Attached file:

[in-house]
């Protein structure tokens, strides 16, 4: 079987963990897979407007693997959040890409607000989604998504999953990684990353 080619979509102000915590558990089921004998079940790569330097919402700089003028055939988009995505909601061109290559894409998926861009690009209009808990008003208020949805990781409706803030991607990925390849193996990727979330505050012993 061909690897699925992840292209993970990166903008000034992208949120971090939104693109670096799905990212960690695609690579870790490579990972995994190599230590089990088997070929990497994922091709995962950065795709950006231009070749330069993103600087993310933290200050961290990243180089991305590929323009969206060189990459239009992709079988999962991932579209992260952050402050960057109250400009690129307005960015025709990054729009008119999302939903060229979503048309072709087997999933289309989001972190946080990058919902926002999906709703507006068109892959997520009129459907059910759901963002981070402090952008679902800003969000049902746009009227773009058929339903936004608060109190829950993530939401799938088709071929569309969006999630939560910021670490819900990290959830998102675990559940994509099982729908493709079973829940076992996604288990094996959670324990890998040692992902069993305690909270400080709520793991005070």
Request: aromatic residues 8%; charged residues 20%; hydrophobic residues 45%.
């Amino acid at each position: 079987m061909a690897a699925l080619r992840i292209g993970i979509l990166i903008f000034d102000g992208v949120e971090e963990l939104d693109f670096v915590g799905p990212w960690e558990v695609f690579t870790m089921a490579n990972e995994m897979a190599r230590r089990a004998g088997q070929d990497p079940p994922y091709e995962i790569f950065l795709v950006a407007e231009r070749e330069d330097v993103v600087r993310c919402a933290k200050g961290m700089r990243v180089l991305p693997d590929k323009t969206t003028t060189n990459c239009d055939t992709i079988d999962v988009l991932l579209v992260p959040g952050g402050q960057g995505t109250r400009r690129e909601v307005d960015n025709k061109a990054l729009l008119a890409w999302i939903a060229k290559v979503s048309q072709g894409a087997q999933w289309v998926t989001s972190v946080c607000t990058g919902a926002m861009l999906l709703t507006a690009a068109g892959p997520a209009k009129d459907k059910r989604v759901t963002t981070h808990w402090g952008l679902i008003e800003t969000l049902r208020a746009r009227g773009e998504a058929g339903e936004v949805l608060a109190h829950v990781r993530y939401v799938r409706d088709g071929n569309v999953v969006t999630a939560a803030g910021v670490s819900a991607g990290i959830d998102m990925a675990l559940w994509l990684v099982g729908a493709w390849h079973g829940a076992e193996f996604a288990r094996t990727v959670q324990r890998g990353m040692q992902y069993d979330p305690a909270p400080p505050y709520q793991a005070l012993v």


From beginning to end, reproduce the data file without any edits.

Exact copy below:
[in-house]
């Protein structure tokens, strides 16, 4: 079987963990897979407007693997959040890409607000989604998504999953990684990353 080619979509102000915590558990089921004998079940790569330097919402700089003028055939988009995505909601061109290559894409998926861009690009209009808990008003208020949805990781409706803030991607990925390849193996990727979330505050012993 061909690897699925992840292209993970990166903008000034992208949120971090939104693109670096799905990212960690695609690579870790490579990972995994190599230590089990088997070929990497994922091709995962950065795709950006231009070749330069993103600087993310933290200050961290990243180089991305590929323009969206060189990459239009992709079988999962991932579209992260952050402050960057109250400009690129307005960015025709990054729009008119999302939903060229979503048309072709087997999933289309989001972190946080990058919902926002999906709703507006068109892959997520009129459907059910759901963002981070402090952008679902800003969000049902746009009227773009058929339903936004608060109190829950993530939401799938088709071929569309969006999630939560910021670490819900990290959830998102675990559940994509099982729908493709079973829940076992996604288990094996959670324990890998040692992902069993305690909270400080709520793991005070």
Request: aromatic residues 8%; charged residues 20%; hydrophobic residues 45%.
């Amino acid at each position: 079987m061909a690897a699925l080619r992840i292209g993970i979509l990166i903008f000034d102000g992208v949120e971090e963990l939104d693109f670096v915590g799905p990212w960690e558990v695609f690579t870790m089921a490579n990972e995994m897979a190599r230590r089990a004998g088997q070929d990497p079940p994922y091709e995962i790569f950065l795709v950006a407007e231009r070749e330069d330097v993103v600087r993310c919402a933290k200050g961290m700089r990243v180089l991305p693997d590929k323009t969206t003028t060189n990459c239009d055939t992709i079988d999962v988009l991932l579209v992260p959040g952050g402050q960057g995505t109250r400009r690129e909601v307005d960015n025709k061109a990054l729009l008119a890409w999302i939903a060229k290559v979503s048309q072709g894409a087997q999933w289309v998926t989001s972190v946080c607000t990058g919902a926002m861009l999906l709703t507006a690009a068109g892959p997520a209009k009129d459907k059910r989604v759901t963002t981070h808990w402090g952008l679902i008003e800003t969000l049902r208020a746009r009227g773009e998504a058929g339903e936004v949805l608060a109190h829950v990781r993530y939401v799938r409706d088709g071929n569309v999953v969006t999630a939560a803030g910021v670490s819900a991607g990290i959830d998102m990925a675990l559940w994509l990684v099982g729908a493709w390849h079973g829940a076992e193996f996604a288990r094996t990727v959670q324990r890998g990353m040692q992902y069993d979330p305690a909270p400080p505050y709520q793991a005070l012993v």